Independence: Disorder in a Democracy

In today’s day, we are confronted with disorder, almost chaos and anarchy at times. How do we bring order out of a disorderly situation? The concluding years of the American Revolution in the 1780s provides us with an example.

The Constitution was framed in the wake of the disorder caused by the American Revolution. In the 1780s there existed financial insecurity, economic decline, social unrest, political conflict. Ebenezer Hazard in Philadelphia and Jeremy Belknap of Boston were two thinkers who were part of the intellectual climate during which the Constitution was written. My book, Ebenezer Hazard, Jeremy Belknap, and the American Revolution (Routledge) provides a detailed overview of their respective political philosophies.

The challenge of the American Revolution was, for Hazard and Belknap, to somehow bring order out of an inherently disorderly situation. Eight years of conflict, chaos, and wanton freedom must be countered by stability and order. How? England represented order, against which the Americans waged a war for liberty. To gain liberty, disorder had to be pursued—in other words, war. Conservatives at the time reasoned that the disorder of too much liberty has to be constrained by government. The Americans could not have a revolution that was anarchic. They had to have some kind of order, which they accomplished with state governments and the Articles of Confederation. But this situation was one of thirteen sovereign powers attempting to unite the American people in a common government, and disorder and chaos still threatened. Conservatives, fearing disorder, decided to erect a more orderly government, the Constitution. The Constitution involved a reconciliation between freedom and order.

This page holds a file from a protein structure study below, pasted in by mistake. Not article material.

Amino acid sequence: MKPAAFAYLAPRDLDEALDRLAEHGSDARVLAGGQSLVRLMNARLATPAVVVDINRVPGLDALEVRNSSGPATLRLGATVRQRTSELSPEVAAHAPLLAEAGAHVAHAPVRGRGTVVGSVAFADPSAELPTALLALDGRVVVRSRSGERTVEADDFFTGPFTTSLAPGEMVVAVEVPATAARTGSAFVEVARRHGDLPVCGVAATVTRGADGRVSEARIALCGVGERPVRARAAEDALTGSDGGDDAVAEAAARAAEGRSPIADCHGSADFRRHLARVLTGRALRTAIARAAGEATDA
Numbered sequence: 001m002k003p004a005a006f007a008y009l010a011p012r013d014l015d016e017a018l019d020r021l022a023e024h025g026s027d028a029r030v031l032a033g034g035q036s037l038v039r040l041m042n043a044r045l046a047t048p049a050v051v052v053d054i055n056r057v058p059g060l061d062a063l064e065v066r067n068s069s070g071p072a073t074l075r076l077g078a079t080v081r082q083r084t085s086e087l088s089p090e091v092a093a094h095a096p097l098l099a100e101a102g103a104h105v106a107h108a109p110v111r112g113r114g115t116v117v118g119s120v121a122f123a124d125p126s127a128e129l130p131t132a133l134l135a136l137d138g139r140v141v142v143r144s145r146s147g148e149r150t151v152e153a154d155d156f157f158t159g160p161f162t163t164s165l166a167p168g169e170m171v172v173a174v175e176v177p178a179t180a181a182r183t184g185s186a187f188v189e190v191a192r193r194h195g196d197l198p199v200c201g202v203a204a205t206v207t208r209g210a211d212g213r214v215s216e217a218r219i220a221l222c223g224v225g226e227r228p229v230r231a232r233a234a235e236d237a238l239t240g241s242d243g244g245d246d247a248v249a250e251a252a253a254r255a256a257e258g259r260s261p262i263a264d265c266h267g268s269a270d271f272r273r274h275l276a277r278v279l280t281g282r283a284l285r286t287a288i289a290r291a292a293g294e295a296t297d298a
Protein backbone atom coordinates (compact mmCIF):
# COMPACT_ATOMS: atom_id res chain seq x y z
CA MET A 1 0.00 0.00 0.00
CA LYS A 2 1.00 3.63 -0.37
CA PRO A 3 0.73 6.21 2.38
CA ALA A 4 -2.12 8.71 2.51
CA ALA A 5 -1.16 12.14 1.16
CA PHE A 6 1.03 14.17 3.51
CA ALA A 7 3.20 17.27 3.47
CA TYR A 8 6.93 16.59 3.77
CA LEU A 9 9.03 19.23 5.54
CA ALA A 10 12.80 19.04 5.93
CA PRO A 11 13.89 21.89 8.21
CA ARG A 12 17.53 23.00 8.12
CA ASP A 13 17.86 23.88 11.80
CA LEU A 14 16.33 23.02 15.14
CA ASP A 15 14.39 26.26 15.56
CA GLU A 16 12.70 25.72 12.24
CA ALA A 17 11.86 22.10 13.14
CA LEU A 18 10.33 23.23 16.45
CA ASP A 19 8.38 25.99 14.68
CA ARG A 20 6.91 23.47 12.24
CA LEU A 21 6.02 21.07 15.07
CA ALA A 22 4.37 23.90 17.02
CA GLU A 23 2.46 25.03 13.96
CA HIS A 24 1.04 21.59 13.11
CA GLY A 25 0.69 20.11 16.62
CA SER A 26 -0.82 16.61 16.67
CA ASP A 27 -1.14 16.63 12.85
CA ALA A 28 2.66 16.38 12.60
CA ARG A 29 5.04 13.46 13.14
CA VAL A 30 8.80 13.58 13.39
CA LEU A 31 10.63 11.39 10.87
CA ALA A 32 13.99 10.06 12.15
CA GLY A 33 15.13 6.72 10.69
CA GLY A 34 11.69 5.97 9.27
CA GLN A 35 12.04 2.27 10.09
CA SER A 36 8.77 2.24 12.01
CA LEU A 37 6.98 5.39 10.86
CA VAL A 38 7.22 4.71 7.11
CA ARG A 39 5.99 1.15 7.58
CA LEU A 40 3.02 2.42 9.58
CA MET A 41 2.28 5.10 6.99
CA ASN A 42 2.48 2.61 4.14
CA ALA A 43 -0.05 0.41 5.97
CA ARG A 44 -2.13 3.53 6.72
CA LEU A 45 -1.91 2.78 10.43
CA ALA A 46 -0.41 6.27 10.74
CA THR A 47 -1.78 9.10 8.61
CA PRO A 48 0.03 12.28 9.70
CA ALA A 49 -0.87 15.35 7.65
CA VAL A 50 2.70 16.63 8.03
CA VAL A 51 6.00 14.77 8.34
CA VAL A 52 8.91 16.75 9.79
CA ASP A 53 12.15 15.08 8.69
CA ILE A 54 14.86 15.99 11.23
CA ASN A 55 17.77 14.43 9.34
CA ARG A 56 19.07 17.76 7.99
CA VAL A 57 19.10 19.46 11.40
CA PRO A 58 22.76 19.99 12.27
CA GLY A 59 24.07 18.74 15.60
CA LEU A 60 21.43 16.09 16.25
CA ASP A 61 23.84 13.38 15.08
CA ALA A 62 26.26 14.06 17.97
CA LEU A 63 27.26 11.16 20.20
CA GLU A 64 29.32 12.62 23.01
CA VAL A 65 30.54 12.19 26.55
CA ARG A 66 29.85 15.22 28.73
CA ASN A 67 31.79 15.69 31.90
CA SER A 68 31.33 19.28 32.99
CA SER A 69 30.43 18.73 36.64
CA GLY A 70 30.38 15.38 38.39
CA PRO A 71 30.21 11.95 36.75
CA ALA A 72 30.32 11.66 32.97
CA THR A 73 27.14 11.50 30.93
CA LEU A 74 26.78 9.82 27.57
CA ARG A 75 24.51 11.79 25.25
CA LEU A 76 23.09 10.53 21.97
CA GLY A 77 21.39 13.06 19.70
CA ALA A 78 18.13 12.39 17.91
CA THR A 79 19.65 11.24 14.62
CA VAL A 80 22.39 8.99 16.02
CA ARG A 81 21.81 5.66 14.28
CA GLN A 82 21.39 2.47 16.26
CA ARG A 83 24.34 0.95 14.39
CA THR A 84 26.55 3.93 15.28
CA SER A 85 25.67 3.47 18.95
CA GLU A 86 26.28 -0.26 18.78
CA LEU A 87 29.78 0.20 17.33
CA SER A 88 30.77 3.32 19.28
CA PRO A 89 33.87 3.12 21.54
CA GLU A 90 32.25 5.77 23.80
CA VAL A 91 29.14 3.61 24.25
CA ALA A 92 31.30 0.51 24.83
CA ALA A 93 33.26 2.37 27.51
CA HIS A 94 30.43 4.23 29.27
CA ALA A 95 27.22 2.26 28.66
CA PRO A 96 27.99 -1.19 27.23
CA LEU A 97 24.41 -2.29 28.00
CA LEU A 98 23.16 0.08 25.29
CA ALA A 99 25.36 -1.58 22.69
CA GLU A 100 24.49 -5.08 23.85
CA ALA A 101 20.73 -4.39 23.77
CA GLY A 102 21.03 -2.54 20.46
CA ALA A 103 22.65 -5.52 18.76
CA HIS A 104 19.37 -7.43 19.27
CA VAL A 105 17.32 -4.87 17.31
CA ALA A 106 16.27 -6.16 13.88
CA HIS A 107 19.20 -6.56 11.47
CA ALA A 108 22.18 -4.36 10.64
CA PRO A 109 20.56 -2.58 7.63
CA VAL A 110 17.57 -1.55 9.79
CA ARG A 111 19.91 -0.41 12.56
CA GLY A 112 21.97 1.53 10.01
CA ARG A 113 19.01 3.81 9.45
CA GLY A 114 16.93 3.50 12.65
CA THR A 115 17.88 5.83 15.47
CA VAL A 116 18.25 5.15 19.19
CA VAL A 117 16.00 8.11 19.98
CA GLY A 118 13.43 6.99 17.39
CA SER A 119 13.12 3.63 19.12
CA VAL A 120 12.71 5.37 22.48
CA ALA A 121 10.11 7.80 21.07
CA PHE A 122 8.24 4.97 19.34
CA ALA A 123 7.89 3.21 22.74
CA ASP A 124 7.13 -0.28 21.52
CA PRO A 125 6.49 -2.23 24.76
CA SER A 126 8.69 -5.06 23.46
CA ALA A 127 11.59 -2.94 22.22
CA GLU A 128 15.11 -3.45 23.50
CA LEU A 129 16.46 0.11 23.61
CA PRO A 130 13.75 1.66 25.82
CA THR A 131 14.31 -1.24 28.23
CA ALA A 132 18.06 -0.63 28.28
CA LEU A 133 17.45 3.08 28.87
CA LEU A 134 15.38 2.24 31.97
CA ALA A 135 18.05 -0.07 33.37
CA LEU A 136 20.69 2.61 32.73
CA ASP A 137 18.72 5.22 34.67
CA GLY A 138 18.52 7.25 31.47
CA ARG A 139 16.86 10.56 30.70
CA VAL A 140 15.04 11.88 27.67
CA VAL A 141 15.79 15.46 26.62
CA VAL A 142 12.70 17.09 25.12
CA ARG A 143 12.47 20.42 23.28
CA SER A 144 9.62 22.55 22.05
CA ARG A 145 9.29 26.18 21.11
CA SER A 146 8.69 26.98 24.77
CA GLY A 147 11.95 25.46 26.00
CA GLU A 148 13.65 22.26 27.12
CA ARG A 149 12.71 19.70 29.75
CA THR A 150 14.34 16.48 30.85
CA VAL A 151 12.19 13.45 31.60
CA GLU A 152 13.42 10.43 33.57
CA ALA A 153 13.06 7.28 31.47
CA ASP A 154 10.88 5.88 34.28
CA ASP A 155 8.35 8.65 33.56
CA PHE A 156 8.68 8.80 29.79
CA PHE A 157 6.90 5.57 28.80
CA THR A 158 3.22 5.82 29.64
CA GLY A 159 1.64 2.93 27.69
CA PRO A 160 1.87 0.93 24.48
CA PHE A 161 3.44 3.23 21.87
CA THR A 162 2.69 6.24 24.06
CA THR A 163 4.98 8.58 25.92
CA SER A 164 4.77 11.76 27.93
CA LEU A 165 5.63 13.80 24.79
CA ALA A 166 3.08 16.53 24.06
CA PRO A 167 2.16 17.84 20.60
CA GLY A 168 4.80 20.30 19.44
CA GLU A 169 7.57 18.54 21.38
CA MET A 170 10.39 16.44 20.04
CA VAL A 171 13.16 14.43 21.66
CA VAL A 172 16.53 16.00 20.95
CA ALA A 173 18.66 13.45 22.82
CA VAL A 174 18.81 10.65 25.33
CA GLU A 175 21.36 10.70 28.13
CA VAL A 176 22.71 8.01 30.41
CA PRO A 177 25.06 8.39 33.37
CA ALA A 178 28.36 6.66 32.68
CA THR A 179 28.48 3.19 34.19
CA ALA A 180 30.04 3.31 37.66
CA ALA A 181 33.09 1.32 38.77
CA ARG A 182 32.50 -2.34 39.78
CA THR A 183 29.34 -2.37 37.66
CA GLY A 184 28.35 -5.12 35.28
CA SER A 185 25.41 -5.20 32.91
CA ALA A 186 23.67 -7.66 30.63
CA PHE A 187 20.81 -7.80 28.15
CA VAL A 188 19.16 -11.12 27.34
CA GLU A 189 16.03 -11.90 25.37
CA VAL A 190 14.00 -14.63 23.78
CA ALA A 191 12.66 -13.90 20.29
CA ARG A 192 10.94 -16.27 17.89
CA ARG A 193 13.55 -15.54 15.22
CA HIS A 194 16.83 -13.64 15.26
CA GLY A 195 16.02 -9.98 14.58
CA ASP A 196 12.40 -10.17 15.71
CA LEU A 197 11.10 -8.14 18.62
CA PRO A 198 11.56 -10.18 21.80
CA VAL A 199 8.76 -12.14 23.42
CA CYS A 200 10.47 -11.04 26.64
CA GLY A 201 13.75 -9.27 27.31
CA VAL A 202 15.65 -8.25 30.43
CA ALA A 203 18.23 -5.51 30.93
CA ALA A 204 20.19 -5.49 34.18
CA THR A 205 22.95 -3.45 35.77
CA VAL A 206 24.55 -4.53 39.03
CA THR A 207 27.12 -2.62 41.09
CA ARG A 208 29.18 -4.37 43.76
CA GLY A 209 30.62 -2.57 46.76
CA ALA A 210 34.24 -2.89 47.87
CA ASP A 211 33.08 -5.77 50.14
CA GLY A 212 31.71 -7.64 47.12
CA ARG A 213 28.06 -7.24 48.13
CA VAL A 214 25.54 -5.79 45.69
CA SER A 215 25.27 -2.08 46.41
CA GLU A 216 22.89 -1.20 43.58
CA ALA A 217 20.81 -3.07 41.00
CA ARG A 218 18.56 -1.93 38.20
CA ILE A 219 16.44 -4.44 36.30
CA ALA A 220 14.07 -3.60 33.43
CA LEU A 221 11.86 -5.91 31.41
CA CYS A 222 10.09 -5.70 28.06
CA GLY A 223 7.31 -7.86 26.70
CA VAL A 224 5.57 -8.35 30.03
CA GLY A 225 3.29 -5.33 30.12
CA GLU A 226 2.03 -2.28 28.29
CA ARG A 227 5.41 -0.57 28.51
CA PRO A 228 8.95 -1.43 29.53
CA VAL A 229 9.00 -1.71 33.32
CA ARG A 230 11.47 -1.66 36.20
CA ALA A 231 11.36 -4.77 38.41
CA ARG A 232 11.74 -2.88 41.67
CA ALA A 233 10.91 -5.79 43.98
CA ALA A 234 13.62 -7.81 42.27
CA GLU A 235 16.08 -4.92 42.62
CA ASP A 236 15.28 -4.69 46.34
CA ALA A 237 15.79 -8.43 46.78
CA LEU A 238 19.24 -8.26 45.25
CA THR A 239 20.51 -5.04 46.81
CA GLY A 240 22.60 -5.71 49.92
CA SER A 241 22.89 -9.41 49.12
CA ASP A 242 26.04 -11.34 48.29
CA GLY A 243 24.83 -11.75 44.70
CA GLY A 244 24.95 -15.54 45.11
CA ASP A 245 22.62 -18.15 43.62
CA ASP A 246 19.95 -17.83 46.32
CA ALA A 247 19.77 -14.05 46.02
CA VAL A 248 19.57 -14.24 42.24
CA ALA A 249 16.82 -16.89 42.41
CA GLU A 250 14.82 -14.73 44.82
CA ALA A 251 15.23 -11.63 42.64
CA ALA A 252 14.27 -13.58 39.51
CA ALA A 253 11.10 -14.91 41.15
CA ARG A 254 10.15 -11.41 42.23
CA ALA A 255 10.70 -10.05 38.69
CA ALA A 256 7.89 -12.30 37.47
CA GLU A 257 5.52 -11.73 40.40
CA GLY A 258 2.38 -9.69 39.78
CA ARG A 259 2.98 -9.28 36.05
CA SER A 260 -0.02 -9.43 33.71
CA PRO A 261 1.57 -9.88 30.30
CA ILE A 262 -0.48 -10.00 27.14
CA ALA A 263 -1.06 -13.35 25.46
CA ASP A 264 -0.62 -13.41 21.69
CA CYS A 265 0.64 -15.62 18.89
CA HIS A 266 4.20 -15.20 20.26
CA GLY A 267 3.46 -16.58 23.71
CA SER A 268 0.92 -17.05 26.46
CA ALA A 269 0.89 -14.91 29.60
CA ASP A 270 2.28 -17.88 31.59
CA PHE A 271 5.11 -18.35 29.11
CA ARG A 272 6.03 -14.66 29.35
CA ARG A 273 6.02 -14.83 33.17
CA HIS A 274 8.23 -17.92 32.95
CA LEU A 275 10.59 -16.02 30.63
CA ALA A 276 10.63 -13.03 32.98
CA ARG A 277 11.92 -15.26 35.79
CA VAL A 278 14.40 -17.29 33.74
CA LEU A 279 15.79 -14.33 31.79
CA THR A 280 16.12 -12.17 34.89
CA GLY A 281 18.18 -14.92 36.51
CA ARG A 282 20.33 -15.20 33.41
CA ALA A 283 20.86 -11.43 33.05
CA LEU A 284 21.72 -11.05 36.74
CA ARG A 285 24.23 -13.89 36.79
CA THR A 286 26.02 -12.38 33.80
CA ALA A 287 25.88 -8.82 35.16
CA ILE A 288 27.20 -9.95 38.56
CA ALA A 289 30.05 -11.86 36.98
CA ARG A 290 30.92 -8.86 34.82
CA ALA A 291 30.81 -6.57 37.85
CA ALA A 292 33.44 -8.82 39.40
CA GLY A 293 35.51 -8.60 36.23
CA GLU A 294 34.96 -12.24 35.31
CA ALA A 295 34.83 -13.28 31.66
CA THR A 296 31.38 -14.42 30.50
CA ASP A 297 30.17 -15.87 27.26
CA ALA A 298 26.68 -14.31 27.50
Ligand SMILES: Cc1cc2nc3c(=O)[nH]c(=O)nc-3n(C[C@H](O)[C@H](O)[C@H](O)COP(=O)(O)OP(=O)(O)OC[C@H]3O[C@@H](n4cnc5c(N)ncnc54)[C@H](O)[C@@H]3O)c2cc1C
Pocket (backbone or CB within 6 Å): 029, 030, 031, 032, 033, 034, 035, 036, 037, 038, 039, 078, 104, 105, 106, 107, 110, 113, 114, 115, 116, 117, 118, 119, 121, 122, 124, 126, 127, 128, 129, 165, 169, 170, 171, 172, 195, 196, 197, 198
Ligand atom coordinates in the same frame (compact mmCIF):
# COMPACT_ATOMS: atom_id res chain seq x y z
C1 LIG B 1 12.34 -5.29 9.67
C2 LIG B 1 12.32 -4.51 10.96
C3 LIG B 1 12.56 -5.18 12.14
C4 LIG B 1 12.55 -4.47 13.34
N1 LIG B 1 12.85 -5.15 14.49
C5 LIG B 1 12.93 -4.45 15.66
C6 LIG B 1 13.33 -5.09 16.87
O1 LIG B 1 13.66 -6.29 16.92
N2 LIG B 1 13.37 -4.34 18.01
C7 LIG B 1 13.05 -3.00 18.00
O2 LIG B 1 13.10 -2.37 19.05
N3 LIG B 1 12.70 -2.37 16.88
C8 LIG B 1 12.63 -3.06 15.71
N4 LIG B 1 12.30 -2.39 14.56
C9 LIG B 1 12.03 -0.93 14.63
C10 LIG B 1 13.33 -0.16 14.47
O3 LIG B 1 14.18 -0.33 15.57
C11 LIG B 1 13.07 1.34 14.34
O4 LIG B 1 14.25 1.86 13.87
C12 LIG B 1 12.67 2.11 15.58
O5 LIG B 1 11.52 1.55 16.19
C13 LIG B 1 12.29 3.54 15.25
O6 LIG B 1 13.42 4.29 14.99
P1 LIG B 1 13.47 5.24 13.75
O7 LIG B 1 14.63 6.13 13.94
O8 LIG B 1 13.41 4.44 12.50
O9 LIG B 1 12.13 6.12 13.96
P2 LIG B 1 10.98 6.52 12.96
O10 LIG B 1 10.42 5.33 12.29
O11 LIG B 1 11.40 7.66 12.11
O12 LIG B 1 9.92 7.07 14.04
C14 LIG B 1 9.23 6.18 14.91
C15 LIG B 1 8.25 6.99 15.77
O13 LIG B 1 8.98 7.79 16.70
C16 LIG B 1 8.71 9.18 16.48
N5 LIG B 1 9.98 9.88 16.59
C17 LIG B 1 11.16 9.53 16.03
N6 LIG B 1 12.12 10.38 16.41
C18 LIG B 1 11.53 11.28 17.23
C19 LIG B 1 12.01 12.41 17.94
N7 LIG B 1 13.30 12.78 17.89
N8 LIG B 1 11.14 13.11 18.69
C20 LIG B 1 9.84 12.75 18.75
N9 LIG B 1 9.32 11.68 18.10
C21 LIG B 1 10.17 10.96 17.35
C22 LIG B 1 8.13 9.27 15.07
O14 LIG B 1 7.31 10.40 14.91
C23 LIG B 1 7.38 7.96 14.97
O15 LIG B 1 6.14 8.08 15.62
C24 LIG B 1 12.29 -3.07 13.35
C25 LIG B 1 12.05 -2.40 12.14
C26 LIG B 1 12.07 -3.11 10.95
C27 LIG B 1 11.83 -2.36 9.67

Jeremy Belknap and Ebenezer Hazard believed that the epoch of revolution, of liberty and the threat of disorder, was akin to the individual’s struggle with sin. God grants the individual free will, just as the Americans wanted to exercise their free will by declaring independence and achieving liberty from England. The problem with free will is that humans are prone to sin: free will leads to sin, from which, to recover, one must find grace in God’s forgiveness. For God establishes His eternal order of right and wrong, good and evil, virtue and sin, which humans try to conform to, and when they sin, which they inevitably do, they must reach out to God’s mercy for forgiveness. Just as human sin can be constrained, mitigated, by conforming to God’s order, God’s justice, so too human liberty that is too wanton can be constrained, mitigated, by government order, government justice. But can government ever approach the goodness of God, the order of God, the justice of God? The individual must recognize the sovereignty of God—that God’s will alone is the ultimate authority. Likewise, in civil affairs, can the people recognize a sovereign power that alone has the ultimate authority, that we can submit to, when necessary, even give up some of our liberty to, just as we submit to God, and know that we must sometimes give up some of our sinfulness, our free will, to conform to God’s order?

The U. S. Constitution was to Belknap and Hazard an example of sovereignty in civil affairs that would be akin to God’s sovereignty providing an overarching authority over individual free will.

About theamericanplutarch

Writer, thinker, historian.
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